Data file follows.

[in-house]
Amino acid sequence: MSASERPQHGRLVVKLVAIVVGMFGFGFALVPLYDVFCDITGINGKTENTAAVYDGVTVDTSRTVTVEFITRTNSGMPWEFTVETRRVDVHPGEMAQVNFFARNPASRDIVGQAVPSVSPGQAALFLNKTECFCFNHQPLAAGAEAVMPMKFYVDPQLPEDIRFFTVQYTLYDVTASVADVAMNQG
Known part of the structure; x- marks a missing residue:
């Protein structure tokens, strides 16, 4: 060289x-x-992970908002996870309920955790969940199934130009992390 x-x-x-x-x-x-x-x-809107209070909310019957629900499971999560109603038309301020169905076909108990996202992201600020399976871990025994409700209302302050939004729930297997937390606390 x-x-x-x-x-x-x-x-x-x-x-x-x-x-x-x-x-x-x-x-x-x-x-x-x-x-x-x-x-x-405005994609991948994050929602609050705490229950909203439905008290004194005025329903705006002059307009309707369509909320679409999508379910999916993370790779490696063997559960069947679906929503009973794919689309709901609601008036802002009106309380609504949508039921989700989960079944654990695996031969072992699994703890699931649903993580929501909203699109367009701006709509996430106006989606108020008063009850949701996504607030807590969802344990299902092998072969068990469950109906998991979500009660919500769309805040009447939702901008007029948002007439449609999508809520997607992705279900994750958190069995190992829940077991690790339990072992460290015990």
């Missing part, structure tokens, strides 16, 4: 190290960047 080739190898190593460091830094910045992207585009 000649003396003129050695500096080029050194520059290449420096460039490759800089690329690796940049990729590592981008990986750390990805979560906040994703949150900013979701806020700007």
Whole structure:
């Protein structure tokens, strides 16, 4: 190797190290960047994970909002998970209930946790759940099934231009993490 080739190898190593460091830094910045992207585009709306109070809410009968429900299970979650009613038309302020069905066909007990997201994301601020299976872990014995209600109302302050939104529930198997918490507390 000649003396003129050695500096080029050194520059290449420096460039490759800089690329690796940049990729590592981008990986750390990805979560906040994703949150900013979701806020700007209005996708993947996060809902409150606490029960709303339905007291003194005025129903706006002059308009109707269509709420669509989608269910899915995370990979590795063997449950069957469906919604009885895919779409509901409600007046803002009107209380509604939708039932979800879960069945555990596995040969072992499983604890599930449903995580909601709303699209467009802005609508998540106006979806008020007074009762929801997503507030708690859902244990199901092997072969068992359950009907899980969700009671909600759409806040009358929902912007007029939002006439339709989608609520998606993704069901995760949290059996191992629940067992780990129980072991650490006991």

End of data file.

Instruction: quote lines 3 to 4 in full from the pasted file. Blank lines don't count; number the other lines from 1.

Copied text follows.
Known part of the structure; x- marks a missing residue:
């Protein structure tokens, strides 16, 4: 060289x-x-992970908002996870309920955790969940199934130009992390 x-x-x-x-x-x-x-x-809107209070909310019957629900499971999560109603038309301020169905076909108990996202992201600020399976871990025994409700209302302050939004729930297997937390606390 x-x-x-x-x-x-x-x-x-x-x-x-x-x-x-x-x-x-x-x-x-x-x-x-x-x-x-x-x-x-405005994609991948994050929602609050705490229950909203439905008290004194005025329903705006002059307009309707369509909320679409999508379910999916993370790779490696063997559960069947679906929503009973794919689309709901609601008036802002009106309380609504949508039921989700989960079944654990695996031969072992699994703890699931649903993580929501909203699109367009701006709509996430106006989606108020008063009850949701996504607030807590969802344990299902092998072969068990469950109906998991979500009660919500769309805040009447939702901008007029948002007439449609999508809520997607992705279900994750958190069995190992829940077991690790339990072992460290015990």